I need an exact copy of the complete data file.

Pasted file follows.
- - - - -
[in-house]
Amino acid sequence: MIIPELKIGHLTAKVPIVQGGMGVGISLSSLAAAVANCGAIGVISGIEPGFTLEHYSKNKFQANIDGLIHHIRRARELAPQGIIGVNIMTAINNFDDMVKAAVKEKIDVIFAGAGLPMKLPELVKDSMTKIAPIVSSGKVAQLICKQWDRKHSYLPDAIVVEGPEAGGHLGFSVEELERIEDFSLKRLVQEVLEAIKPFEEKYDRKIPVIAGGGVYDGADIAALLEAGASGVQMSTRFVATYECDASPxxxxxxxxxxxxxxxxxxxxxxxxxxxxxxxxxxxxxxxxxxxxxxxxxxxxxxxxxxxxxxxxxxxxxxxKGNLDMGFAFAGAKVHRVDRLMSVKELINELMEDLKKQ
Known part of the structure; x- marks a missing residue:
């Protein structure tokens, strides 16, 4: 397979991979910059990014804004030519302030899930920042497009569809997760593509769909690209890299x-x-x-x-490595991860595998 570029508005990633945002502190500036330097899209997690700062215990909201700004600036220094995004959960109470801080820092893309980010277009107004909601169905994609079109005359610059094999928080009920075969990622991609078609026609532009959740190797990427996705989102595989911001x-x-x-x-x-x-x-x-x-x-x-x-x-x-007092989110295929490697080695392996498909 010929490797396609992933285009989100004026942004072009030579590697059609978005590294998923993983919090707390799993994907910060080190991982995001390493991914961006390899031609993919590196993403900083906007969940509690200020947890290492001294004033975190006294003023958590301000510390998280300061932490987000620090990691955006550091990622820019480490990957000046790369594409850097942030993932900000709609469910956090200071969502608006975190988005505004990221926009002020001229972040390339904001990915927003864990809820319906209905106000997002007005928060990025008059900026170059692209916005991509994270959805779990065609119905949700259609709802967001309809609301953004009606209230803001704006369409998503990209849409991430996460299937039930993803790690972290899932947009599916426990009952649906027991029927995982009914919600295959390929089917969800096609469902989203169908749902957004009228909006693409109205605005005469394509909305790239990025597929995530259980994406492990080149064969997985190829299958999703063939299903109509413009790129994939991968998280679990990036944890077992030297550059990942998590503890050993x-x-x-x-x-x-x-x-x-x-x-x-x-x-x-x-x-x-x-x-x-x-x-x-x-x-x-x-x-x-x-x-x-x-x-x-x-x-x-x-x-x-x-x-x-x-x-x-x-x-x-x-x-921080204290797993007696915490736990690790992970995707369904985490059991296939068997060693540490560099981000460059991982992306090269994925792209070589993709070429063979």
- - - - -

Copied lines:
[in-house]
Amino acid sequence: MIIPELKIGHLTAKVPIVQGGMGVGISLSSLAAAVANCGAIGVISGIEPGFTLEHYSKNKFQANIDGLIHHIRRARELAPQGIIGVNIMTAINNFDDMVKAAVKEKIDVIFAGAGLPMKLPELVKDSMTKIAPIVSSGKVAQLICKQWDRKHSYLPDAIVVEGPEAGGHLGFSVEELERIEDFSLKRLVQEVLEAIKPFEEKYDRKIPVIAGGGVYDGADIAALLEAGASGVQMSTRFVATYECDASPxxxxxxxxxxxxxxxxxxxxxxxxxxxxxxxxxxxxxxxxxxxxxxxxxxxxxxxxxxxxxxxxxxxxxxxKGNLDMGFAFAGAKVHRVDRLMSVKELINELMEDLKKQ
Known part of the structure; x- marks a missing residue:
């Protein structure tokens, strides 16, 4: 397979991979910059990014804004030519302030899930920042497009569809997760593509769909690209890299x-x-x-x-490595991860595998 570029508005990633945002502190500036330097899209997690700062215990909201700004600036220094995004959960109470801080820092893309980010277009107004909601169905994609079109005359610059094999928080009920075969990622991609078609026609532009959740190797990427996705989102595989911001x-x-x-x-x-x-x-x-x-x-x-x-x-x-007092989110295929490697080695392996498909 010929490797396609992933285009989100004026942004072009030579590697059609978005590294998923993983919090707390799993994907910060080190991982995001390493991914961006390899031609993919590196993403900083906007969940509690200020947890290492001294004033975190006294003023958590301000510390998280300061932490987000620090990691955006550091990622820019480490990957000046790369594409850097942030993932900000709609469910956090200071969502608006975190988005505004990221926009002020001229972040390339904001990915927003864990809820319906209905106000997002007005928060990025008059900026170059692209916005991509994270959805779990065609119905949700259609709802967001309809609301953004009606209230803001704006369409998503990209849409991430996460299937039930993803790690972290899932947009599916426990009952649906027991029927995982009914919600295959390929089917969800096609469902989203169908749902957004009228909006693409109205605005005469394509909305790239990025597929995530259980994406492990080149064969997985190829299958999703063939299903109509413009790129994939991968998280679990990036944890077992030297550059990942998590503890050993x-x-x-x-x-x-x-x-x-x-x-x-x-x-x-x-x-x-x-x-x-x-x-x-x-x-x-x-x-x-x-x-x-x-x-x-x-x-x-x-x-x-x-x-x-x-x-x-x-x-x-x-x-921080204290797993007696915490736990690790992970995707369904985490059991296939068997060693540490560099981000460059991982992306090269994925792209070589993709070429063979």